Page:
"They think democracy means the player from wealth and muscle power, all is sort of battle between vested interests," he added.

    Candidate Dorji also realizes his career change is fraught with challenges in a nation where most people strongly express contentment with the hereditary monarchy that has ruled for the past 100 years.

    "Through the media and all, we always hear about politicians being greedy, politicians being bad," added candidate Dorji.  "They are quite anxious. They have enjoyed the prosperity, the happiness, under the kings. This is an irreversible process our king has initiated, we just can't go back."

    One of the first duties of the novice legislators will be formally approving the draft constitution, another departure for the kingdom. The document calls for kings to retire as head of state at age 65, recognizes Buddhism as the "spiritual heritage" of Bhutan, and ensures that a minimum of 60 percent of the country's total land will forever remain under forest cover.

    This forum has been closed.
    Comments
         
    There are no comments in this forum. Be first and add one

    Featured Videos

    Your JavaScript is turned off or you have an old version of Adobe's Flash Player. Get the latest Flash player.
    'No Means No' Program Targets Sexual Violence in Kenyai
    X
    February 08, 2016 4:30 PM
    The organizers of an initiative to reduce and stop rape in the informal settlements around Kenya's capital say their program is having marked success. Girls are taking self-defense classes while the boys are learning how to protect the girls and respect them. Lenny Ruvaga reports from Nairobi.
    Video

    Video 'No Means No' Program Targets Sexual Violence in Kenya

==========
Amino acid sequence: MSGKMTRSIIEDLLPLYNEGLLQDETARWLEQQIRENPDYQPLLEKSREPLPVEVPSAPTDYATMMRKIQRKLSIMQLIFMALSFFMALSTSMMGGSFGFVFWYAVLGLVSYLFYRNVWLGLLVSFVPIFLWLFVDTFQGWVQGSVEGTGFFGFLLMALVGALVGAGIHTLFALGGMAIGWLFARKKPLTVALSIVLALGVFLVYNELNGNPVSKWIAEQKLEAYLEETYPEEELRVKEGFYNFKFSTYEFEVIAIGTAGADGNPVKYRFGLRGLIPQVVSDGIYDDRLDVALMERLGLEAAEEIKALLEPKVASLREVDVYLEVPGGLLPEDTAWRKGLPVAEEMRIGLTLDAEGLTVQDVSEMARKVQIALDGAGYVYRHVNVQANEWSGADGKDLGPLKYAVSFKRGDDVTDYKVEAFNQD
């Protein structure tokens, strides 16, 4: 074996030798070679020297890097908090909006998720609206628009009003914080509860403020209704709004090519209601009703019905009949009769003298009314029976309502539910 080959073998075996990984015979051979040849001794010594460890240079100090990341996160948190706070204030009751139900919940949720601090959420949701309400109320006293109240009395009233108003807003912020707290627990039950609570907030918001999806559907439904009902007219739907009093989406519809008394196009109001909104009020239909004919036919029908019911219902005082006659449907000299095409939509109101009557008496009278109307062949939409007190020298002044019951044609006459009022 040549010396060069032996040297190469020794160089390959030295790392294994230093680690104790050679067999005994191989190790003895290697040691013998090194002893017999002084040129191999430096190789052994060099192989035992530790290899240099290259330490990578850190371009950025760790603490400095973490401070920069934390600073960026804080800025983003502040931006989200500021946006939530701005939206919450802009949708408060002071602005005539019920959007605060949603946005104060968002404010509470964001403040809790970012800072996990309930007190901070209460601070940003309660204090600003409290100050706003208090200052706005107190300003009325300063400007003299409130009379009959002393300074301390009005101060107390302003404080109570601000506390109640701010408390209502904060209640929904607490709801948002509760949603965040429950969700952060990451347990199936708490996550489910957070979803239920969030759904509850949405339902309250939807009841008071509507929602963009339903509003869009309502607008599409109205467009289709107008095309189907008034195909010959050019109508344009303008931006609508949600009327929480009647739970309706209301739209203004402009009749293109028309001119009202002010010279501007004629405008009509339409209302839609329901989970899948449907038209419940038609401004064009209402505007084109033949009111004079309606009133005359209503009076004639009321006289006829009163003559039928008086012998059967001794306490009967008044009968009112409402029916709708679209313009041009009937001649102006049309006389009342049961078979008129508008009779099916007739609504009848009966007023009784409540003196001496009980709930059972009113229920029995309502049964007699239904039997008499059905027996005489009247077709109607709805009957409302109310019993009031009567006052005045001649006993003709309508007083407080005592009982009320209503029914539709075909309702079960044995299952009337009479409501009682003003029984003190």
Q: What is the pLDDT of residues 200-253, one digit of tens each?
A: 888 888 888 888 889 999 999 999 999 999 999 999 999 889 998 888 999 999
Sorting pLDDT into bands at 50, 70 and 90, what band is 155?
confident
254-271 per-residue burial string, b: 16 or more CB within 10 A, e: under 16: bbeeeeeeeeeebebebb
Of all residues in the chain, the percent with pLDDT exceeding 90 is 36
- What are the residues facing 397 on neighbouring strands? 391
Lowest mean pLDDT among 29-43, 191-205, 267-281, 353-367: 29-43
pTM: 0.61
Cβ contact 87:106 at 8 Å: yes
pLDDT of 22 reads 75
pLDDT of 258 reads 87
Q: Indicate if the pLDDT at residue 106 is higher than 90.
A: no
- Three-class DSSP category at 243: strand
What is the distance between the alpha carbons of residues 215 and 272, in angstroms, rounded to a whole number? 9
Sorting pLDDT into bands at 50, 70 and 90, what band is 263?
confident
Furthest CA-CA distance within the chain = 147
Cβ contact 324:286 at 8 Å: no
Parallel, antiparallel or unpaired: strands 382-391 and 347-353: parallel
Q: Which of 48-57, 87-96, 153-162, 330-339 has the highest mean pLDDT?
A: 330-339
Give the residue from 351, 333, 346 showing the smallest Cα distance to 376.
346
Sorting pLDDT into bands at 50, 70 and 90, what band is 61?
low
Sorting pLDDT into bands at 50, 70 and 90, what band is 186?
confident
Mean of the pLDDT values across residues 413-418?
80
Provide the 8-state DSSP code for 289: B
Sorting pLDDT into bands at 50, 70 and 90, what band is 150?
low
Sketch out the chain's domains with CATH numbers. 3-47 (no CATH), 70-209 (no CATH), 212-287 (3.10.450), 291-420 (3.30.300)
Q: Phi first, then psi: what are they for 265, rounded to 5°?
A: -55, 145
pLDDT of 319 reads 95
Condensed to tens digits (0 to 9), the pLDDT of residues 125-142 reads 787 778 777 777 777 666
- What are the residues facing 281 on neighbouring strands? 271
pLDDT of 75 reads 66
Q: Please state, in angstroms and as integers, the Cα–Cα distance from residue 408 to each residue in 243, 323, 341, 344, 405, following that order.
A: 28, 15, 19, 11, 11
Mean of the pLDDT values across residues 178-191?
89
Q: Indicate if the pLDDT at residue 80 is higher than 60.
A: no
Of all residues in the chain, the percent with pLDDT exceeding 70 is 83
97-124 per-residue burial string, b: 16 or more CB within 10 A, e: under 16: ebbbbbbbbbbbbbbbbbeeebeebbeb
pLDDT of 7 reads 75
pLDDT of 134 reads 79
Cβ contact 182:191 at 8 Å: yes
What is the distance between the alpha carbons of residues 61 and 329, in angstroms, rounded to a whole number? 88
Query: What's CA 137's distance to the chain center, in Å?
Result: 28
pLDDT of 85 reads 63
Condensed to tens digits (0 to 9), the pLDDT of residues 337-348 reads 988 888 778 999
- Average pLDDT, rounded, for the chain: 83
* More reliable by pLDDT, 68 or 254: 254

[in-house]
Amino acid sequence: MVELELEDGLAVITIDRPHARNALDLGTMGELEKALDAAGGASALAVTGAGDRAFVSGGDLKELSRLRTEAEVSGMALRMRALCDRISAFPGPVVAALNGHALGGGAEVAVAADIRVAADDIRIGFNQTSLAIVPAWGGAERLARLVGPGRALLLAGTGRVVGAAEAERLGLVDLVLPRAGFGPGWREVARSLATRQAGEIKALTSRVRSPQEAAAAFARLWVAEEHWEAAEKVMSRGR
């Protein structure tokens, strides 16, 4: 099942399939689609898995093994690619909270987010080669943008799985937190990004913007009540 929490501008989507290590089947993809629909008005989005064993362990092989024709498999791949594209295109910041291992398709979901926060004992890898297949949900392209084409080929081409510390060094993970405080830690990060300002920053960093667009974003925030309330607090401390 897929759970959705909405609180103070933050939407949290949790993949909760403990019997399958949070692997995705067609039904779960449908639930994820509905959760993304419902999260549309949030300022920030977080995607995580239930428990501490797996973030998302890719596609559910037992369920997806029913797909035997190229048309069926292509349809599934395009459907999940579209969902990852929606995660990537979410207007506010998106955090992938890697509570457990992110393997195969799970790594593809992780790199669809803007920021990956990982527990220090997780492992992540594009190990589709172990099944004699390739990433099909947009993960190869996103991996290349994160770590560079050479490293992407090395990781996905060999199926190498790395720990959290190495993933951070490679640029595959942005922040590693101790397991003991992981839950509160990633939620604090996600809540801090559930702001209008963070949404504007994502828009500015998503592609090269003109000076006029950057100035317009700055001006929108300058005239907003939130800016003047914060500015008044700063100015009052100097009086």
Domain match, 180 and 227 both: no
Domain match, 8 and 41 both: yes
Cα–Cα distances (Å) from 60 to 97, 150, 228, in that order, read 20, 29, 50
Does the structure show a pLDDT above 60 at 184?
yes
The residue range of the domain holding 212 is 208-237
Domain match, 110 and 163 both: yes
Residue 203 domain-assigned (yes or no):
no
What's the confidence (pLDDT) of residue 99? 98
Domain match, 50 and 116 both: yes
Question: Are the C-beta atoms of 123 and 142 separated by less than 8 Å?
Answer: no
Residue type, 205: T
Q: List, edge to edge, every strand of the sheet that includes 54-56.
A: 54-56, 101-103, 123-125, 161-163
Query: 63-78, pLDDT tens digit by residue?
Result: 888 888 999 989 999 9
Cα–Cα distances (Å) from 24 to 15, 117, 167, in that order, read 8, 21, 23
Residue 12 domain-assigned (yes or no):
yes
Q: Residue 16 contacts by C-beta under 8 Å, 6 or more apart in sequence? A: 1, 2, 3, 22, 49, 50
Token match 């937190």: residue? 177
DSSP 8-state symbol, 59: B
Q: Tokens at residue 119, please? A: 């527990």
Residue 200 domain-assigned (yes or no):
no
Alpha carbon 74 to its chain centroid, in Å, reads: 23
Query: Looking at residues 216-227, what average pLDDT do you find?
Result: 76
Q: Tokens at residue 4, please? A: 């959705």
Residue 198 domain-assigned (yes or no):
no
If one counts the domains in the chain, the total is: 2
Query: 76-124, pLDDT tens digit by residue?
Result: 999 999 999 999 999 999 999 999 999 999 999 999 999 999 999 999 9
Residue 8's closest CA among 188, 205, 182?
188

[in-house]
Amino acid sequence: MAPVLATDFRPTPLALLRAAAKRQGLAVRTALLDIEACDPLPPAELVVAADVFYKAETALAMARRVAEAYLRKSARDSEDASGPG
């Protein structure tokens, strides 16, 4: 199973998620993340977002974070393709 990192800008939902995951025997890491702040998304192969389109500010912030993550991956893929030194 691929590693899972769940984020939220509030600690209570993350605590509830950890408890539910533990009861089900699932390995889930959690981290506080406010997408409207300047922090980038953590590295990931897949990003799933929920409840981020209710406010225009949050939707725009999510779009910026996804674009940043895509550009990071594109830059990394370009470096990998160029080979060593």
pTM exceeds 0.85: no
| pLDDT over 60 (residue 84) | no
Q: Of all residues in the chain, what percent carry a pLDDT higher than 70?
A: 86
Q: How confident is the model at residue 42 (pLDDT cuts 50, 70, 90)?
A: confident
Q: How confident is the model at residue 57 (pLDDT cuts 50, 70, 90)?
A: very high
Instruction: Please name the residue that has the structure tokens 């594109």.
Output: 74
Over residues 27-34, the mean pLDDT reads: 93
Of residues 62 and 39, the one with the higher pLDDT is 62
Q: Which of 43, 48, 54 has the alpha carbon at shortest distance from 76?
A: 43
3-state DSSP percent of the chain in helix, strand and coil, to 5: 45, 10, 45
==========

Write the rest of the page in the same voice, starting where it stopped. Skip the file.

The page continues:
The organizers of an initiative to reduce and stop rape in the informal settlements around Kenya's capital say their program is having marked success. Girls are taking self-defense classes while the boys are learning how to protect the girls and respect them. Lenny Ruvaga reports from Nairobi.
    Video

    Video New Hampshire Voters Are Independent, Mindful of History

    Once every four years, the northeastern state of New Hampshire becomes the center of the U.S. political universe with its first-in-the-nation presidential primary. What's unusual about New Hampshire is how seriously the voters take their role and the responsibility of being among the first to weigh in on the candidates.
    Video

    Video Chocolate Lovers Get a Sweet History Lesson

    Observed in many countries around the world, Valentine’s Day is sometimes celebrated with chocolate festivals. But at a festival near Washington, the visitors experience a bit more than a sugar rush. They go on a sweet journey through history. VOA’s June Soh takes us to the festival.
    Video

    Video 'Smart' Bandages Could Heal Wounds More Quickly

    Simple bandages are usually seen as the first line of attack in healing small to moderate wounds and burns. But scientists say new synthetic materials with embedded microsensors could turn bandages into a much more valuable tool for emergency physicians. VOA’s George Putic reports.
    Video

    Video Bhutanese Refugees in New Hampshire Closely Watching Primary Election

    They fled their country and lived in refugee camps in neighboring Nepal for decades before being resettled in the northeastern U.S. state of New Hampshire -- now the focus of the U.S. presidential contest. VOA correspondent Aru Pande spoke with members of the Bhutanese community, including new American citizens, about the campaign and the strong anti-immigrant rhetoric of some of the candidates.
    Video